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And on the seventh day God ended his work which he had made: and he rested on the seventh day from all his work which he had made.
And God blessed the seventh day, and sanctified it; because that in it he had rested from all his work Which God created and made. ..'
And the Lord God planted a garden eastward in Eden; and there he put the man whom he had formed.
And out of the ground made the Lord God to grow every trve that is pleasant to the sight, and good for food: the Tree of Life also in the midst of the garden, and the Tree of Knowledge of good and evil.
And a river went out of Eden to water the garden: and from thence it was parted, and became into four heads.
The name of the first is Pison: that is it which compasseth the whole land of Havilah, where there is gold.
And the gold of that land is good: there is bdellium and the onyx-stone.
And the name of the second river is Gihon: the same is it that" cotnpasseth the whole land of Ethiopia.
And the name of the third river is Hiddekel: that is it which goeth toward the east of Assyria. And the fourth river is Euphrates.
And the Lord God took the man, and put him into -the garden of Eden, to dress it, and to keep it.
And the Lord God commanded the man, saying, Of every tree of the garden thou mayest ireely eat:
But of the tree of knowledge of good and evil, thou shalt not eat of it: for in the day that thou eatest' thereof-thou shalt surely die.
ANNOTATIONS ANNOTATIONS And REFLECTIONS.
In the first chapter of Genesis, God is revealed to us in his Divine Image as the Creator and Givek of all things; in this lesson we are taught to know God as the Supreme Governor of the world, over which he had given man subordinate dominion.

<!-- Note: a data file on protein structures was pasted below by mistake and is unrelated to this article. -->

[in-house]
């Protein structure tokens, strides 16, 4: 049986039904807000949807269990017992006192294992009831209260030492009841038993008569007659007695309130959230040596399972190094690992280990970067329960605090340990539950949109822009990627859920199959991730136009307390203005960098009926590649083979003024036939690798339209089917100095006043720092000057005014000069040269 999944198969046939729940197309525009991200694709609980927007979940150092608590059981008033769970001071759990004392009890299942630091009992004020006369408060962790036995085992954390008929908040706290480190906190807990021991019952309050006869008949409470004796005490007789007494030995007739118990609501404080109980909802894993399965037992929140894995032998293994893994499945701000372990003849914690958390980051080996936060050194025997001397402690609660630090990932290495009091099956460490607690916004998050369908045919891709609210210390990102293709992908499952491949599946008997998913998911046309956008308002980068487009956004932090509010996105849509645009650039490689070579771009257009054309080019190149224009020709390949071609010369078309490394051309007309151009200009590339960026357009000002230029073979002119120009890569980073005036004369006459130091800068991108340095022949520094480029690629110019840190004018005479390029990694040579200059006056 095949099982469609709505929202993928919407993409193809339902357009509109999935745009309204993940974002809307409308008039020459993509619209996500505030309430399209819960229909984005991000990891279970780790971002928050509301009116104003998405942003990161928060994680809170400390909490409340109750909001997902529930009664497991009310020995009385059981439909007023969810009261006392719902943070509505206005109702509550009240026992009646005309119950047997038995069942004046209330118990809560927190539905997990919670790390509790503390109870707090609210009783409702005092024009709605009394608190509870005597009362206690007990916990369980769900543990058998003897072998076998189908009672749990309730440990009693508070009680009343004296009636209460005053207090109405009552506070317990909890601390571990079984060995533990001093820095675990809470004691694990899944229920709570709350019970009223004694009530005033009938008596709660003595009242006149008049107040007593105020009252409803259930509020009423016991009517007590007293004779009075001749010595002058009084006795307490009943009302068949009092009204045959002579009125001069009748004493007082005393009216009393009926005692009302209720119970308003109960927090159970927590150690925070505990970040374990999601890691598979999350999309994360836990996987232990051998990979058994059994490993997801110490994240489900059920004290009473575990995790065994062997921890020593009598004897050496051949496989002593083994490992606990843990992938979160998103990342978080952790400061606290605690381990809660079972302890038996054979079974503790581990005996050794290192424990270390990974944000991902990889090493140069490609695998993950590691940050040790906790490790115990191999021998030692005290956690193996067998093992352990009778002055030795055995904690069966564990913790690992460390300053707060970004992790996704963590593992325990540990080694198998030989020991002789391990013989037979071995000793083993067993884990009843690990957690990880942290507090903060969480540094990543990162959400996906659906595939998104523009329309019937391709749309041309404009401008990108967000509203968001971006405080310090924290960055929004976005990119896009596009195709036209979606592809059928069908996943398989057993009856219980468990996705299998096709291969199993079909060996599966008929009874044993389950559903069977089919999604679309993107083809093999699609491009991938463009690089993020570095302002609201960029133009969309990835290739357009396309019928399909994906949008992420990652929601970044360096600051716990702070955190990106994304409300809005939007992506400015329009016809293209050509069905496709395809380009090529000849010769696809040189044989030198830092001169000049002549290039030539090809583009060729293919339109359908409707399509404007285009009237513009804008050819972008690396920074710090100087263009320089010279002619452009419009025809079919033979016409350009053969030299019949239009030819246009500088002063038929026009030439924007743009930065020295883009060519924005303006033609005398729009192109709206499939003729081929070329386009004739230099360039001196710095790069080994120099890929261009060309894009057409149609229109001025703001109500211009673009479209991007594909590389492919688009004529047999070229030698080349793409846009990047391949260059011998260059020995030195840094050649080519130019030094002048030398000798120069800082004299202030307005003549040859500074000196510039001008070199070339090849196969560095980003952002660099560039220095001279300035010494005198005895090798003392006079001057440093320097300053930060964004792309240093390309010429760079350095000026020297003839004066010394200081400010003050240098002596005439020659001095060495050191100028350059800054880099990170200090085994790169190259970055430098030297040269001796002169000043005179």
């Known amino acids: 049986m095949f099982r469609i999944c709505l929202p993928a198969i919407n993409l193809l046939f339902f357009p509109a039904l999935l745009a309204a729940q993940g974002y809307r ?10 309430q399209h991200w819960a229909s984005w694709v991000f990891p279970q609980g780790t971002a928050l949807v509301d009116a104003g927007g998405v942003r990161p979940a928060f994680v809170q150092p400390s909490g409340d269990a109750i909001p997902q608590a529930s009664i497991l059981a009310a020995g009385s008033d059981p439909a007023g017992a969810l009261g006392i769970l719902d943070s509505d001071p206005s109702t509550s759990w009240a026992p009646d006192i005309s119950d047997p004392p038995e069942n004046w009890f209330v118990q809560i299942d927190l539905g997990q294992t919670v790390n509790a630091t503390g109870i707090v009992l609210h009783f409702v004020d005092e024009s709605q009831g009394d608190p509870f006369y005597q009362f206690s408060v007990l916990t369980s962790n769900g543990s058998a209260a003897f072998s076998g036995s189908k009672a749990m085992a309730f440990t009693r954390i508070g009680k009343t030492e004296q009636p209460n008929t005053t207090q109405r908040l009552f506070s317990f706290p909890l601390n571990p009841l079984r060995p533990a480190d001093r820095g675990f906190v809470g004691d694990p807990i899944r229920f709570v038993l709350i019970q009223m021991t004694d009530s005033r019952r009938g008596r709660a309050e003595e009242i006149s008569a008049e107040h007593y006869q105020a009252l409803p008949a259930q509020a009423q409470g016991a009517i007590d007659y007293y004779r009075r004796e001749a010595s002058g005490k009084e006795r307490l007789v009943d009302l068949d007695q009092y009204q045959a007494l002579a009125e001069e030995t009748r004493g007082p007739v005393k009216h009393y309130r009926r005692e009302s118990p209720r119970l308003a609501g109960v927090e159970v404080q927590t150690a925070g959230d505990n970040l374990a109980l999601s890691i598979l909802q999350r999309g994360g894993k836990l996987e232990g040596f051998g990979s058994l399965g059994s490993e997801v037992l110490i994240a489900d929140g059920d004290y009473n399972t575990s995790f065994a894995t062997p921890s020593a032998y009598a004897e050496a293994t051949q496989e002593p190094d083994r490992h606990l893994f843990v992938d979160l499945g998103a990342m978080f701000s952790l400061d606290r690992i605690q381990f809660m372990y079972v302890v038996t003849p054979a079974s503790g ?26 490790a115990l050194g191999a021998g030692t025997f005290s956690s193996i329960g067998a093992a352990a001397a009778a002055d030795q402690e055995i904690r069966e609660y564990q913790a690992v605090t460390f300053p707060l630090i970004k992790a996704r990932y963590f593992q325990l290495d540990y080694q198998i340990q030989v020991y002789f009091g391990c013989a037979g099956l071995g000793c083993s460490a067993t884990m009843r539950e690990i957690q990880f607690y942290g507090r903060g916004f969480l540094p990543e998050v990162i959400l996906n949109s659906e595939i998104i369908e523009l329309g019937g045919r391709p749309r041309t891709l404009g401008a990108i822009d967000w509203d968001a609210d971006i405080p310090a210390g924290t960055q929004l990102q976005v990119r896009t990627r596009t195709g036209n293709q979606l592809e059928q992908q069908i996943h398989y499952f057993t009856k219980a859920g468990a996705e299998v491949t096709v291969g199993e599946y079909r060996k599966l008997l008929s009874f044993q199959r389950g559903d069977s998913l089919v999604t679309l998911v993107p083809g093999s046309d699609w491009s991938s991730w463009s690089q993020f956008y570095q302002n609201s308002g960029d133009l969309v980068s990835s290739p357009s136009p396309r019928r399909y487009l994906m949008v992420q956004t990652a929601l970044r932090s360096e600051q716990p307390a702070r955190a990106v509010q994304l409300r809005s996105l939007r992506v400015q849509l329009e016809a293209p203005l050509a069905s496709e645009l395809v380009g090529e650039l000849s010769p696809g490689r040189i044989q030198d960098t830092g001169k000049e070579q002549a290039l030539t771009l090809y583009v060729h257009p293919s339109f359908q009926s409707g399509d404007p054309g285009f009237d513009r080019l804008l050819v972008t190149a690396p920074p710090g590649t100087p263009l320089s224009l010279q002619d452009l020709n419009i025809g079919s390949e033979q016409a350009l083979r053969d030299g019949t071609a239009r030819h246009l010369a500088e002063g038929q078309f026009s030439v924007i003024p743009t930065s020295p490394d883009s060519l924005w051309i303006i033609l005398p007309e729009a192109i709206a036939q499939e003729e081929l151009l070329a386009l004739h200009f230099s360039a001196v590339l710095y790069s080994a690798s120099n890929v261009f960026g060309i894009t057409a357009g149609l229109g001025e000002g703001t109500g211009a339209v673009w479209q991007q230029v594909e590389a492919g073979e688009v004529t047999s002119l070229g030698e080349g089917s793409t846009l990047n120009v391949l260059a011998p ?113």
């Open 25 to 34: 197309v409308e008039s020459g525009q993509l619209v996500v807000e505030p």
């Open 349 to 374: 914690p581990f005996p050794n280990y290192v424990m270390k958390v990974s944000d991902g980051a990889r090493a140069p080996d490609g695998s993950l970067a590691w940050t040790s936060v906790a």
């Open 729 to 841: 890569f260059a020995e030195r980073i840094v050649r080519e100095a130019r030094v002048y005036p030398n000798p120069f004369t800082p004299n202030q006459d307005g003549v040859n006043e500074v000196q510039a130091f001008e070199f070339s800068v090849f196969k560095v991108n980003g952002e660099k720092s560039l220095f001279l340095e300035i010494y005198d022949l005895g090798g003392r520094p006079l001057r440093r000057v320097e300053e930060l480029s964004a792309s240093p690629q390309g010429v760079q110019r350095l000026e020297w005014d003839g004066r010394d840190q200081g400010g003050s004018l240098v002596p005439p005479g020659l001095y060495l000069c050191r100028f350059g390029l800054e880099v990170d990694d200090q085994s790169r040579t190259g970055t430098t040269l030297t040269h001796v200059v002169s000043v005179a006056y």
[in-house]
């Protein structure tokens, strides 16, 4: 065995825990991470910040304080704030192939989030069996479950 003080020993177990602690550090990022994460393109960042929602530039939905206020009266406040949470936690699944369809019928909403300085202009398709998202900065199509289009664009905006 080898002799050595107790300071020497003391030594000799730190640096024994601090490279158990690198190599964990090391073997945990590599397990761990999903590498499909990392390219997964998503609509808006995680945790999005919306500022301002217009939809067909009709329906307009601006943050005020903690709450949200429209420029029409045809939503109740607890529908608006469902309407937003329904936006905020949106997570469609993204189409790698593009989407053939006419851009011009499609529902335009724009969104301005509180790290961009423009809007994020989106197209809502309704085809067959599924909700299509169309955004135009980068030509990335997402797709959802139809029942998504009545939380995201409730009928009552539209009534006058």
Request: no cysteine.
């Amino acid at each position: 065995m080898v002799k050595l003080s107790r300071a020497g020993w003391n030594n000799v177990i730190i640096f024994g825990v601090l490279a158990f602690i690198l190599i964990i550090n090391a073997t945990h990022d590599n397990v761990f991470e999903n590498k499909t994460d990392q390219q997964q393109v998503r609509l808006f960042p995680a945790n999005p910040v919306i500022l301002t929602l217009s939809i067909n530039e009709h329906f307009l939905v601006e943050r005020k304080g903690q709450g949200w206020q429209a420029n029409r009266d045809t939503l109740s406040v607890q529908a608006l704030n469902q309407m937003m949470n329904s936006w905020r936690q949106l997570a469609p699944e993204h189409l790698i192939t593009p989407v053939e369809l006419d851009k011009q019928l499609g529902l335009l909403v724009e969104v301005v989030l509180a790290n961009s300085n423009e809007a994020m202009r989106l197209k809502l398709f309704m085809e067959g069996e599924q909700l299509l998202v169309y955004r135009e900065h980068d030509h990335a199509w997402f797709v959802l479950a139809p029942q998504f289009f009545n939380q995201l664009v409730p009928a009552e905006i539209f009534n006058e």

It appears from other parts of Scripture *, that before the world was created God ha.i prepared a kingdom in heaven, for the reception of such of the human race as should after a proper trial upon earth attain unto righteousness. That mankind might enjoy in some degree, during their state of probation, a foretaste of heavenly bliss, God blessed the seventh day. and sanctified it, or made it holy, by setting it apart as his own day. The day which the Lord saw fit thus to-bless and sanctify, was that on which he rested, or left off creating the things belonging to this world, the d£y on which he viewed his own wonderful works, and pronounced them good.
As a further blessing to the first pair, the Lord God prepared a Paradise for them; a delightful abode which was a lively type or figure of heaven; for in it grew the Tree Of Life, and there they behe'd the glorious Image Of God Under what form the Lord God appeared to the first pair we are not told; but we may reasonably suppose, he shone forth in divine glory, not in awful majesty, as he afterwards appeared upon Mount Sinai, but with mild refulgence, as the Prophets describe him in their visions f, eminently distinguished from the highest of created Beings.
The exact situation of Paradise cannot now be known;
but, from the account we have of the rivers which flow
• Matthew xxv. 34. * + See Ezekiel, i. 26, 27. Chap. viii. 2, 3. Dan. vii. 9. Also the visions of St. John, in the Apocalypse.
cd from the garden of Eden, it was in the eastern part of the world. . «
That the first pair might have no fears of being deprived of the blessings of Paradise, or erroneously suppose that they had a natural right to retain them, the Lord God graciously entered into a Covenant by which he asserted his own right as Supreme Governor, and named the conditions on which the blessings of Paradise should be continued to mankind; and these were the conditions of the covenant.—The Lord («od gave mankind pet mission to enjoy freely all the blessings of Paradise, and promised to continue their lives as long as they should keep their part pf the covenant; and the Lord God commanded mankind not to eat of the Tree of Knowledge, which grew by the Tree of Life, and subjected them to the penalty of Death, in case they broke this Commandment. The Tree of Life was the outward and visible sign of God's first Covenant with mankind, in their state of innocence; and the Tree of Knowledge was the test of man's obedience under this covenant. .. .. • The first Covenant certainly had a reference to a future state; without it the utmost mankind could possibly have done, would have been to continue innocent, or free from sin, but they could not have become righteous through Faith and Obedience: and wit. out righteousness, they could not hare been admitted into the kingdom of heaven.